It is a great pleasure to be part of this group. It goes without saying that a few years ago I wouldnâ€™t have even dreamed of it. So, itâ€™s a great honour for me.Â I come from Rwanda, on a small island in the Southwestern part of the Country in the middle of Lake Kivu. There, I was brought up by loving parents who, although they had never been to school, would never allow me to miss a single class. There, on this small island, I started my schooling literally under a big tree. Now, here I am, starting a PhD in education to explore the technology training of pre-service language teachers in Rwanda.
My interest is in language teacher education and development, and this has been ongoing for quite a while now. Back in 2010, right after my graduation with a BA in French and English with Education, when the country was switching from French to English (this is another story), I was one of the people who were recruited by the then Teacher Service Commission to train my fellow teachers to develop fluency in English and start using it as their medium of instruction within one month! My interest in teacher training gradually increased. I later on, and more enthusiastically, trained school-based mentors who were in charge of supporting the teachers that I just mentioned above in English language and methodology. I also trained senior mentors who were to cascade the training to school based mentors.Â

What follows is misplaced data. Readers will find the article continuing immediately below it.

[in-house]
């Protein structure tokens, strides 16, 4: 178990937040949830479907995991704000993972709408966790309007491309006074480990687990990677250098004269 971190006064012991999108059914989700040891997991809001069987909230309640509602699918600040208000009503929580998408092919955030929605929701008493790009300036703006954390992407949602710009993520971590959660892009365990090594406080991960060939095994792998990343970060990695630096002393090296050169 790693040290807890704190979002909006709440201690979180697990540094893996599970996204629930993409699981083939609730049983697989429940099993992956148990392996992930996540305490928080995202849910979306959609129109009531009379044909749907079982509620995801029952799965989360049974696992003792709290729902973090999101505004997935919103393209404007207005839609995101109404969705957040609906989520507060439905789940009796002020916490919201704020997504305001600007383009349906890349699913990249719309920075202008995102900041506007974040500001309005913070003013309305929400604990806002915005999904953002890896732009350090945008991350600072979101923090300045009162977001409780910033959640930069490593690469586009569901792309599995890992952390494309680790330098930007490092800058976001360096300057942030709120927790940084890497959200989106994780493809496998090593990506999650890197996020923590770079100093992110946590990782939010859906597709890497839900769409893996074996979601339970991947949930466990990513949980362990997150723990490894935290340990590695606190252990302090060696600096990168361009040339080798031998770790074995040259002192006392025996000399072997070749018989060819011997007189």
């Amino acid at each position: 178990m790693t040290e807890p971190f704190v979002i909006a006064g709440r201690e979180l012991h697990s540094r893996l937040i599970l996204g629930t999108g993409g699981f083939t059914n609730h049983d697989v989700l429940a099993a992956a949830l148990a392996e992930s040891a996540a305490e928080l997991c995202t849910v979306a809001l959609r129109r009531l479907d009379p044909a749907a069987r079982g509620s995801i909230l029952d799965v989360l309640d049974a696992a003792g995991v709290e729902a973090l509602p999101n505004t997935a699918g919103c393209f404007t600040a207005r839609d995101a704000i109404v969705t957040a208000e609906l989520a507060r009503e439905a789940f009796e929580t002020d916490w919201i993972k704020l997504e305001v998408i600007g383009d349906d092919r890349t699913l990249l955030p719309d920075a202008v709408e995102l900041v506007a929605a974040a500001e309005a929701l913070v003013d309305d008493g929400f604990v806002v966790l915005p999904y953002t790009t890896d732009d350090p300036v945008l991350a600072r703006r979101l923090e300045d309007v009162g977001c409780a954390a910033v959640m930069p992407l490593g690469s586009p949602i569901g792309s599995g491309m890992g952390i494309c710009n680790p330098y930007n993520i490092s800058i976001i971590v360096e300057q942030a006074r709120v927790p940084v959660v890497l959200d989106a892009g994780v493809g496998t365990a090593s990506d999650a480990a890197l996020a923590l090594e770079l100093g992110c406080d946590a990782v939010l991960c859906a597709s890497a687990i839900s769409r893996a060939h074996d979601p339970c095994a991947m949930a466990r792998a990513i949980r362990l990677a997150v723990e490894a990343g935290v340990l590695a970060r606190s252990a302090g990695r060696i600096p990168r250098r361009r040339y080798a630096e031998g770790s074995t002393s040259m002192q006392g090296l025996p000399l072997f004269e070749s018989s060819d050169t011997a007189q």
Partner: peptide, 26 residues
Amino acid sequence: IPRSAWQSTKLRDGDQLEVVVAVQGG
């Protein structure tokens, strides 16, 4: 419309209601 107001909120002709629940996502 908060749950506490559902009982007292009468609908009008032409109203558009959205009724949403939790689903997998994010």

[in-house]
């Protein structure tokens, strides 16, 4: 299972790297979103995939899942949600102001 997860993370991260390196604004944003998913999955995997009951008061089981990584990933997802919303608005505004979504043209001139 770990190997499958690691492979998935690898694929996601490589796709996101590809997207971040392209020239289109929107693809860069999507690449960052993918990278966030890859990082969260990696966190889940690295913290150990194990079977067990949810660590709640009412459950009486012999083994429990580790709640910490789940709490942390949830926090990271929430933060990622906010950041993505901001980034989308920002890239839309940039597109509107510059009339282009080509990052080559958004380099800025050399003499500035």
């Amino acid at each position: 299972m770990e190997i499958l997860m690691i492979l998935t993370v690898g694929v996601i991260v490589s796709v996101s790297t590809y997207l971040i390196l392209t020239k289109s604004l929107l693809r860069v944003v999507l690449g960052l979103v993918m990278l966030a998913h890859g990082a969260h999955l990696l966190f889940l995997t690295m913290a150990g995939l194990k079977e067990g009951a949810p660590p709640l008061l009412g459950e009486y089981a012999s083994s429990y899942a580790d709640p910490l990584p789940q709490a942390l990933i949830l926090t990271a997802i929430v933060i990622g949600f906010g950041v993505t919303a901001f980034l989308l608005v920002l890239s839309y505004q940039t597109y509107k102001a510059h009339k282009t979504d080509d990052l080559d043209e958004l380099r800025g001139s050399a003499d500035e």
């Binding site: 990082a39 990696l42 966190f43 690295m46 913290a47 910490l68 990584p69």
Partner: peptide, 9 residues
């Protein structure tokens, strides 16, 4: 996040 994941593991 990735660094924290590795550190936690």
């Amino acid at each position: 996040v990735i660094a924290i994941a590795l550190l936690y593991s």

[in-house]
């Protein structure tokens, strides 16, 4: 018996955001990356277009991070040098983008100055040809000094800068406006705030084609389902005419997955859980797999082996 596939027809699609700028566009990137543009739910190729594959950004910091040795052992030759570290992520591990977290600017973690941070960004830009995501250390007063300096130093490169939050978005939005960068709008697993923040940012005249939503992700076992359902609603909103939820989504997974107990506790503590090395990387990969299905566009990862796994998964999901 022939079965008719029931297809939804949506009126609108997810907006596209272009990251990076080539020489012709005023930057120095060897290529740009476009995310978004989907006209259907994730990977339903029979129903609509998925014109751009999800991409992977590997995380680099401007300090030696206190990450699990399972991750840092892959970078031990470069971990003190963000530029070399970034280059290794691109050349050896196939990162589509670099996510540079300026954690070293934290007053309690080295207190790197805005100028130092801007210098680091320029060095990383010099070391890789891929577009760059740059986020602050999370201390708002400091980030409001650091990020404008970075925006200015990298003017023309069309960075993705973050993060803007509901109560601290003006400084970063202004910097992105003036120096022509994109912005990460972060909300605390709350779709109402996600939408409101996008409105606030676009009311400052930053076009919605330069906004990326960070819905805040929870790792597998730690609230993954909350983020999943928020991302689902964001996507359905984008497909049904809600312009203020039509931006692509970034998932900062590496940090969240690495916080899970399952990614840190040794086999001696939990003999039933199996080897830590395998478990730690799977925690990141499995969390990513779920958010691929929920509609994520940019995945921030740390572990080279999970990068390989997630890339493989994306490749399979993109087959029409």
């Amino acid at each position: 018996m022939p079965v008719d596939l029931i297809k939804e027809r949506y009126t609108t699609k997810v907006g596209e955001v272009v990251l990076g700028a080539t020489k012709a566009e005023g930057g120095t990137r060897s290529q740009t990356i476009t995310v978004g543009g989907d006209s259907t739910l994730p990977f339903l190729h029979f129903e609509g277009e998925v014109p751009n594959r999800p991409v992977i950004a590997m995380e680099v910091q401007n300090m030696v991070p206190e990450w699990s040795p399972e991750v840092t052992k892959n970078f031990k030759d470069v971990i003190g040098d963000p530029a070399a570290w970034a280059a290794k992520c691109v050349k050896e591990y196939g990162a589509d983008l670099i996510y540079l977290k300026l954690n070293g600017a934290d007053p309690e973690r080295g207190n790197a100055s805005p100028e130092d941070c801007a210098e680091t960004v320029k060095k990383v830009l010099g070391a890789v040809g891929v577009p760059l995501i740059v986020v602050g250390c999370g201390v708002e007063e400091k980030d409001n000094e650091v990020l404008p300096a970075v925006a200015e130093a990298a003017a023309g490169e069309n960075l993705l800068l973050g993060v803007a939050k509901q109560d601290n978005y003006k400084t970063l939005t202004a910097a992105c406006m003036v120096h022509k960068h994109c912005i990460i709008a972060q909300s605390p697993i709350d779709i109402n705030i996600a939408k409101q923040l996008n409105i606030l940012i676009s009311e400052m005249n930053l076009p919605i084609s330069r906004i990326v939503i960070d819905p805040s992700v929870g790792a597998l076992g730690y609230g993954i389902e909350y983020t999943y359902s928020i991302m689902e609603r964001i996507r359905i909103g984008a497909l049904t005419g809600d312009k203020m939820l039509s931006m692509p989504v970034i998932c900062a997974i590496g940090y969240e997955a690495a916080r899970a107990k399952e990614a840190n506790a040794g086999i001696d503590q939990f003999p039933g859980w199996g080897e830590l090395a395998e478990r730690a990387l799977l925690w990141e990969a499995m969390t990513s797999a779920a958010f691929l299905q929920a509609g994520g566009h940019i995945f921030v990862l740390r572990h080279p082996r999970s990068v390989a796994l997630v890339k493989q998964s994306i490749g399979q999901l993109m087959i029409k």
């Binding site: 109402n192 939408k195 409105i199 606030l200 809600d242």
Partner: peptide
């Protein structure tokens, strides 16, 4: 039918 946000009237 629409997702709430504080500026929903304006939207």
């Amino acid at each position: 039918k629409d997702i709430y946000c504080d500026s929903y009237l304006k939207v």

As I was doing this, I quickly realized that my knowledge was far from what I actually needed to do my own job as a language teacher and support my fellow teachers as a teacher trainer. Thatâ€™s how I came to Manchester in 2013 to do an MA in TESOL (Educational Technology). First TESOL because of the new status ofÂ English in my country, and second, Educational Technology because it is a subject selling like hot bread in my country, at least if you consider how politicians talk about it. With my MA in pocket, I started working both as a language instructor in a college and a teacher educator in a private institution in the country where I taught different courses related to language teaching. Besides that, I became actively involved in the Association of Teachers of English in Rwanda (ATER), which brought me in regular contact with in-service teachers who were ready to share their strengths and weaknesses and this led me to realize how important technology would be in a context like mine. That got me thinking and led to the current proposal that I am going to focus on during the PhD time here at Manchester. It goes without saying that the input of members of this LANTERN community will be important for a successful completion of my PhD journey!